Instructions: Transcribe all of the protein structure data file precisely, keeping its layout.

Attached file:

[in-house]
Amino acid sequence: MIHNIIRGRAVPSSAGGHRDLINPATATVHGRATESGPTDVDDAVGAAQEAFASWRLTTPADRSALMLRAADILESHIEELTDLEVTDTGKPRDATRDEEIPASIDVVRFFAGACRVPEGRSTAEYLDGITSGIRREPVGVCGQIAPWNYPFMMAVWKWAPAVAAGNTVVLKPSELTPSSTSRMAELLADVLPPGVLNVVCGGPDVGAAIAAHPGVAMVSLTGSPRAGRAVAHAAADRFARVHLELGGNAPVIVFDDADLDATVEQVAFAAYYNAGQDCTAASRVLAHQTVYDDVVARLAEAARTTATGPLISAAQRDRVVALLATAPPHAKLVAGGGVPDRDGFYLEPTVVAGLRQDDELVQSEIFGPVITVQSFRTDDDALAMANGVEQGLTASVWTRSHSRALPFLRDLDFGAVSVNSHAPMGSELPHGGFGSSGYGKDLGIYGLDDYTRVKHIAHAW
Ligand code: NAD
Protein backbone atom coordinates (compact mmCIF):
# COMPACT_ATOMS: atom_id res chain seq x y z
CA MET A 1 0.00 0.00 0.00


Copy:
[in-house]
Amino acid sequence: MIHNIIRGRAVPSSAGGHRDLINPATATVHGRATESGPTDVDDAVGAAQEAFASWRLTTPADRSALMLRAADILESHIEELTDLEVTDTGKPRDATRDEEIPASIDVVRFFAGACRVPEGRSTAEYLDGITSGIRREPVGVCGQIAPWNYPFMMAVWKWAPAVAAGNTVVLKPSELTPSSTSRMAELLADVLPPGVLNVVCGGPDVGAAIAAHPGVAMVSLTGSPRAGRAVAHAAADRFARVHLELGGNAPVIVFDDADLDATVEQVAFAAYYNAGQDCTAASRVLAHQTVYDDVVARLAEAARTTATGPLISAAQRDRVVALLATAPPHAKLVAGGGVPDRDGFYLEPTVVAGLRQDDELVQSEIFGPVITVQSFRTDDDALAMANGVEQGLTASVWTRSHSRALPFLRDLDFGAVSVNSHAPMGSELPHGGFGSSGYGKDLGIYGLDDYTRVKHIAHAW
Ligand code: NAD
Protein backbone atom coordinates (compact mmCIF):
# COMPACT_ATOMS: atom_id res chain seq x y z
CA MET A 1 0.00 0.00 0.00